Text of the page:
Private schools in quandary


THE Government must explain the sudden increase in fees levied against private schools.

From a flat charge of K400 the Ministry of Education raised the fee to  K6,000 for early Childhood, K8,000for   primary schools  and  k10,000 for secondary schools.

These are blanket charges applying to all schools regardless of their size, location or indeed clientele profile.

At face value the increase seems minimal but with closer scrutiny, it is clear that many community schools will not be able to afford the increase which situation may lead to the closure of most community schools.

Obviously the fees were pegged at the Ministry headquarters by the new Teaching Council of Zambia without any reference and consultation with schools on the ground.

What is most frustrating is that in spite of protests from most schools the Ministry has stuck to its guns and has only compromised by shifting the deadline for the payment of fees. Instead of 31st March the school must pay by 30th June.

Schools which default have been warned of dire consequences including closure.

This is ridiculous.

This is the same genre as publishing textbooks using foreign owned companies when our own publishers are equipped and stand ready for the task.

To date there has been no plausible explanation from the Ministry why shady contracts were allowed when it was patently clear that the  goal posts had been shifted to disadvantage Zambian publishers. No amount of explanation can justify such inconsistent, inconsiderate and utterly deplorable decisions.

We are aware that the new minister is getting to terms and has little say in the intricacies of the Ministry, but failure at any level will end with the political head of the institution. We have seen the documentation and there is no doubt that   the textbook contract was corrupt and should not be allowed to stand or proceed.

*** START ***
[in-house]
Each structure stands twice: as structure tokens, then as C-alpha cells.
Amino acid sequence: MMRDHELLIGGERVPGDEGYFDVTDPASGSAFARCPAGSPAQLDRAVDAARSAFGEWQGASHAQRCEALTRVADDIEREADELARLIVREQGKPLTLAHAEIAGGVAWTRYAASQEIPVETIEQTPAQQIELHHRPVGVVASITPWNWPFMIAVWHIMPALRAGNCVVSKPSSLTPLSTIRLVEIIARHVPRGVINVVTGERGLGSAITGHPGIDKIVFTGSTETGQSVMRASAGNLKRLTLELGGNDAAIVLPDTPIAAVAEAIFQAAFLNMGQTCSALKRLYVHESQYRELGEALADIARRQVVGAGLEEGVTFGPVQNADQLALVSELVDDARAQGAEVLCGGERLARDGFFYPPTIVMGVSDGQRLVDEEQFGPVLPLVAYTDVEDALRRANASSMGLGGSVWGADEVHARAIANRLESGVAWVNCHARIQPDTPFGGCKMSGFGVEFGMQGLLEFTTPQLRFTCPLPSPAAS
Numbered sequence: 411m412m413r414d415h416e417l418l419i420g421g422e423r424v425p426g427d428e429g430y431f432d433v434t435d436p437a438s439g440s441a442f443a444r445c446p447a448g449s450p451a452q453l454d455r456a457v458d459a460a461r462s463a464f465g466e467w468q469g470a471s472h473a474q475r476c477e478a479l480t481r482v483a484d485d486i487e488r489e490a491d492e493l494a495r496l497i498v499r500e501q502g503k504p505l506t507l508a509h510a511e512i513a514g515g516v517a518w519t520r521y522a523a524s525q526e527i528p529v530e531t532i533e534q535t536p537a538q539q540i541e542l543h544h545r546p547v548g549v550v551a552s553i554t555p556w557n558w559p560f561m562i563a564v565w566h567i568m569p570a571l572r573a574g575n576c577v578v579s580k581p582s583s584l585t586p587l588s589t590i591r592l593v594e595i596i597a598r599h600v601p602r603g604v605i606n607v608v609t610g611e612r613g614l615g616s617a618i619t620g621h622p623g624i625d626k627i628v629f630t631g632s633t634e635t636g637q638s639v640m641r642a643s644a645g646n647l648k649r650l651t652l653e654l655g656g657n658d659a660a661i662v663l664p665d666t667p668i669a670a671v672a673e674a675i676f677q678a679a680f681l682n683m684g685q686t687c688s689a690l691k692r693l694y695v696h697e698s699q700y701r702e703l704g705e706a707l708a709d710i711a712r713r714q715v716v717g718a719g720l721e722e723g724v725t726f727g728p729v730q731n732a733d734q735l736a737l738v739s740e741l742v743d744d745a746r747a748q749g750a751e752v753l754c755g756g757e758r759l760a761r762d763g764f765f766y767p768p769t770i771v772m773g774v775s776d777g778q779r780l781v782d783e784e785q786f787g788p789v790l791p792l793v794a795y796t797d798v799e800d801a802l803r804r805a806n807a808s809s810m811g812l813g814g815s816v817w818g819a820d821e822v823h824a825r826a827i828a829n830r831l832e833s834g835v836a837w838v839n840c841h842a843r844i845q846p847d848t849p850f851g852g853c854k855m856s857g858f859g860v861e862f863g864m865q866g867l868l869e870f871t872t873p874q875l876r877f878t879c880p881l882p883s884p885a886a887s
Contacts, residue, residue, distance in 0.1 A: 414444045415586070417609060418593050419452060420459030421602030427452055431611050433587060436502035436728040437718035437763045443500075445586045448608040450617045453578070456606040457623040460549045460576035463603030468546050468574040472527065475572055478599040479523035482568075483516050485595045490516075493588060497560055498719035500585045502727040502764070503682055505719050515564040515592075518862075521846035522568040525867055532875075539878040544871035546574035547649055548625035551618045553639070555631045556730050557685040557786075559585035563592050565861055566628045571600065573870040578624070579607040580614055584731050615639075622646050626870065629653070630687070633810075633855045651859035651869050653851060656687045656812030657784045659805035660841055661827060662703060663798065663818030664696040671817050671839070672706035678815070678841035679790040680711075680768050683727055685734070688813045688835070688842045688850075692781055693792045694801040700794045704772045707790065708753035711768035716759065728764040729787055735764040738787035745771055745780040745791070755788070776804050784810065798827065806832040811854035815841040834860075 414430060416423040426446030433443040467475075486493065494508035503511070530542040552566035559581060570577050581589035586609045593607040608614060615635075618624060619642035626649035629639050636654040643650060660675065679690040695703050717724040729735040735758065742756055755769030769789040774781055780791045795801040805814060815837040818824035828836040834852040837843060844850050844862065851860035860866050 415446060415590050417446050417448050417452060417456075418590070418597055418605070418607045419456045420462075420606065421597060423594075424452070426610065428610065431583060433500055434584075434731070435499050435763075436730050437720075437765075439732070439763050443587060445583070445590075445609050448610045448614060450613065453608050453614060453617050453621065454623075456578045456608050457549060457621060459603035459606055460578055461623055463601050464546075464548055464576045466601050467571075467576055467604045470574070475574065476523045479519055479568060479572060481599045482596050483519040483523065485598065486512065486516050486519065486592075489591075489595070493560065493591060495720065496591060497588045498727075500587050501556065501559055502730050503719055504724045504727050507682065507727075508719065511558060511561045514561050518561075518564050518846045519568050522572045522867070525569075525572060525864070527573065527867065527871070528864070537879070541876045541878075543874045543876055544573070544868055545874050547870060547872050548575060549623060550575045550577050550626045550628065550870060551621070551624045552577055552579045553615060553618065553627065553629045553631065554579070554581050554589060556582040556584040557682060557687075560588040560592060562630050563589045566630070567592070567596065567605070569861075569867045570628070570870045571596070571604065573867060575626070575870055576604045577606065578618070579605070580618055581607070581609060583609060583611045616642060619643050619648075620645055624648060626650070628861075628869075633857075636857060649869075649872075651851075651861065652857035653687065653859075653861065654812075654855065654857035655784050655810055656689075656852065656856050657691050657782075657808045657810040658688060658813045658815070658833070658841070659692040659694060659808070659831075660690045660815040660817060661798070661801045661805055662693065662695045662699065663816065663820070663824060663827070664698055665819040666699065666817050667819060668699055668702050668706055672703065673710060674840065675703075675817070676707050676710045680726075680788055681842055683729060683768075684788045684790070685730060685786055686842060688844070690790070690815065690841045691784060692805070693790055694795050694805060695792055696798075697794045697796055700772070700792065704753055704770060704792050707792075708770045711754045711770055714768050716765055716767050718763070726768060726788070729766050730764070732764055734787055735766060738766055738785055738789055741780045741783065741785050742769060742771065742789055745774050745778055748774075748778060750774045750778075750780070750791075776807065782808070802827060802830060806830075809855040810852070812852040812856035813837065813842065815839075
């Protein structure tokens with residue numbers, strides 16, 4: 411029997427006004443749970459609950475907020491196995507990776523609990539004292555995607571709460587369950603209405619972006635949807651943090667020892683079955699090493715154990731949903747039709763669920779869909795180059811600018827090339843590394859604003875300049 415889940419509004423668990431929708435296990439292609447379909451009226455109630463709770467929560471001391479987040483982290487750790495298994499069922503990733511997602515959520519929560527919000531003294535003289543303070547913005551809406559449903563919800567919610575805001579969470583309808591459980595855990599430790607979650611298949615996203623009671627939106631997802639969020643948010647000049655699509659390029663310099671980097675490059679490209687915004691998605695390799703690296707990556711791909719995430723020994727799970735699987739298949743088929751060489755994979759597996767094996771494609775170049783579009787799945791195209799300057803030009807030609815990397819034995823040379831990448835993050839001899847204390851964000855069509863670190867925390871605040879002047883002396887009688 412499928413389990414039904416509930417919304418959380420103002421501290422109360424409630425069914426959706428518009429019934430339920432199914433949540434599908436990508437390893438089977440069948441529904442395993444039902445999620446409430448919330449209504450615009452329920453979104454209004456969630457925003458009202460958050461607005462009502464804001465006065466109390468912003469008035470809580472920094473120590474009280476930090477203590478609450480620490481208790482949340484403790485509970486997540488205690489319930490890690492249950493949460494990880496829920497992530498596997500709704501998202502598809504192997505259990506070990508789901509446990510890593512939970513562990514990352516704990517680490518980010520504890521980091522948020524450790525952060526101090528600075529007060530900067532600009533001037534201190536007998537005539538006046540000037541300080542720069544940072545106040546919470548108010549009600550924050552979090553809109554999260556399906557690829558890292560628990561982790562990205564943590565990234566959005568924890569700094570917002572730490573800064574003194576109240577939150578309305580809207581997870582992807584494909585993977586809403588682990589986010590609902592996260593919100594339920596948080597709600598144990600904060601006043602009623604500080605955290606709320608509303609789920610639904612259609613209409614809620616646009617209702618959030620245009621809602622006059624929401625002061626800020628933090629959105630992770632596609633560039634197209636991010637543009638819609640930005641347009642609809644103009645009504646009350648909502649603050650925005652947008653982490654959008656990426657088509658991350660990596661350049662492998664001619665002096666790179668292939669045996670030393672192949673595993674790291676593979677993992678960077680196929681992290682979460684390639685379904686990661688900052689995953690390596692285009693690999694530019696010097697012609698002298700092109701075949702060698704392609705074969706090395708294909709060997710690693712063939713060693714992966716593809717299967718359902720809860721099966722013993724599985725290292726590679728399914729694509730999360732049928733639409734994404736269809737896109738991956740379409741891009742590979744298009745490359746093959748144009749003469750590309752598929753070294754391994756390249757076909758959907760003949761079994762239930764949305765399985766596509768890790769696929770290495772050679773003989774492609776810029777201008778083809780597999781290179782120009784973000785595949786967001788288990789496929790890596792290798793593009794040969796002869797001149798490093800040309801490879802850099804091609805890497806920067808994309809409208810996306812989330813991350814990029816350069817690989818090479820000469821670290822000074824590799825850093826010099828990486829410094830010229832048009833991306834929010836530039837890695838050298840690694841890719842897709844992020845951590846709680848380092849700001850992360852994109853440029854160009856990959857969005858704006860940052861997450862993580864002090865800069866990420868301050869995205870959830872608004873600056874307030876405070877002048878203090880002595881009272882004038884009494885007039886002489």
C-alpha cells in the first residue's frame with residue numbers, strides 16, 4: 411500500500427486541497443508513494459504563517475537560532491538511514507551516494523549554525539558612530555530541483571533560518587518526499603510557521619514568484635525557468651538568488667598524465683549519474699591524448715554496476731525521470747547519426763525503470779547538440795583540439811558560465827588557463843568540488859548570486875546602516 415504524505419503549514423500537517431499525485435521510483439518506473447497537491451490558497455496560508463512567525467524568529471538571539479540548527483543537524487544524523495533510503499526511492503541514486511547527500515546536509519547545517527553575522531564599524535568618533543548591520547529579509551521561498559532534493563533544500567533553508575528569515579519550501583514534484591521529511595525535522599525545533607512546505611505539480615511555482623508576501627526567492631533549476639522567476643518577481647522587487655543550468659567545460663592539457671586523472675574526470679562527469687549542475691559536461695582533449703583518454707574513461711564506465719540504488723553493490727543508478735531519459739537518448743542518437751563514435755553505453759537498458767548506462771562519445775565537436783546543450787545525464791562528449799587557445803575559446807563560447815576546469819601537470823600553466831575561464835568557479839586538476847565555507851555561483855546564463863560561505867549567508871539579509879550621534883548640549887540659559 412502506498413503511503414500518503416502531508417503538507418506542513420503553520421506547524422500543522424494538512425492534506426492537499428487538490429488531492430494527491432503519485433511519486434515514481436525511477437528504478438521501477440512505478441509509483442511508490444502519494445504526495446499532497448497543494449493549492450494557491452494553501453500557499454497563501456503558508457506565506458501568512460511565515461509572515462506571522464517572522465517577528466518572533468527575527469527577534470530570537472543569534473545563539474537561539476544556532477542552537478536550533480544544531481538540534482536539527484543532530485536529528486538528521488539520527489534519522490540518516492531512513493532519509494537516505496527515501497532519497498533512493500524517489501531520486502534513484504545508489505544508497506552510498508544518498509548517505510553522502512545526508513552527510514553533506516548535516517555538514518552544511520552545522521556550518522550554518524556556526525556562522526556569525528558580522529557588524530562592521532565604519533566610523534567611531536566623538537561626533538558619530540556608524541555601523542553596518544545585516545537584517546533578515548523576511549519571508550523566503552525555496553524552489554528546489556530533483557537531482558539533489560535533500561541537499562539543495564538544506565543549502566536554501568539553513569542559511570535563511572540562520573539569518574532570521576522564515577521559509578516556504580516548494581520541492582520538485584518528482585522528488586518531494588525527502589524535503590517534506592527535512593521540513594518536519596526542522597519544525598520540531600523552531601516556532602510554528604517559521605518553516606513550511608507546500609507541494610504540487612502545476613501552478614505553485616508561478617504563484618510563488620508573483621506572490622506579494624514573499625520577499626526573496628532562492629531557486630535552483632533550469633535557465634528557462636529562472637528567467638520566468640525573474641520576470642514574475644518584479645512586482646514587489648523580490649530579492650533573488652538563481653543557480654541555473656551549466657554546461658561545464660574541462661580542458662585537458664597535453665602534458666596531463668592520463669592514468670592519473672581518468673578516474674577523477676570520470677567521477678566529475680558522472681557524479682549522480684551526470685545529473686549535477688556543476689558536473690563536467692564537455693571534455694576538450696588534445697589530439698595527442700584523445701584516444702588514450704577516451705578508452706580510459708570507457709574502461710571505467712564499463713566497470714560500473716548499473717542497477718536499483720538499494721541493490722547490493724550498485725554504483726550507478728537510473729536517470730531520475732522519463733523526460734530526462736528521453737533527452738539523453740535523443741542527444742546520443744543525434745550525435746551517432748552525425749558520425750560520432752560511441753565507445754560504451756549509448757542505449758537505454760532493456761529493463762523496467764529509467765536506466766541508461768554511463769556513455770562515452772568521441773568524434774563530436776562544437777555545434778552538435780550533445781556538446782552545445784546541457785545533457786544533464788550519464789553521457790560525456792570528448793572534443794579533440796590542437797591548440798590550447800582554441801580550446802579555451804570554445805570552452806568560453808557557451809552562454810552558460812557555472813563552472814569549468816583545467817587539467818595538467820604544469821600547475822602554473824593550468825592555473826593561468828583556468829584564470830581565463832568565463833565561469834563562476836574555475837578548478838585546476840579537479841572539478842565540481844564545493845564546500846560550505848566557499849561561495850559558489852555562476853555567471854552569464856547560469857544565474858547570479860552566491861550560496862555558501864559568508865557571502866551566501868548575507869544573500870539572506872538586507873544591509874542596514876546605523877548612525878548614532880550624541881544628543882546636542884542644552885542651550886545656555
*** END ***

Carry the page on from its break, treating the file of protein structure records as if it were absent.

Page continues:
These are the types of cases that a more credible Anti-Corruption Commission should have taken time to look into because the amounts are large and the people involved are fairly senior in Government.

We refuse to believe that a company formed last year, in time for the contracts, could have more capacity than the many Zambians companies that have existed for many years.

Something is very wrong at the Ministry.

The Ministry must pay attention to complaints especially those coming from Zambians who have a vested interest in the well-being of this country.

Whatever money the Zambians make will remain in this country.

It will not be repatriated to the UK, East Africa, South Africa, India or any other country where these companies are actually domiciled.

 In the case of fees for private schools, we appeal to the Government to take a hard looks at the facts as they exist on the ground and make a determination in the best interest of the schools.

 How indeed can a listening Government force parents of a community school to fork out K6,000, when the combined income of the entire community is close to zero because most of the residents are not  engaged in gainful employment.

It may indeed be true that some of the private school are affluent as they are patronized by well to do parents, but this still begs the question.

 Why should schools pay Government?


Categorized | Editorial

One Response to “Private schools in quandary”

  1. FuManchu says:

    Ifintu ni Lungu! Mwilailishanya! Vote PF for prosperity!


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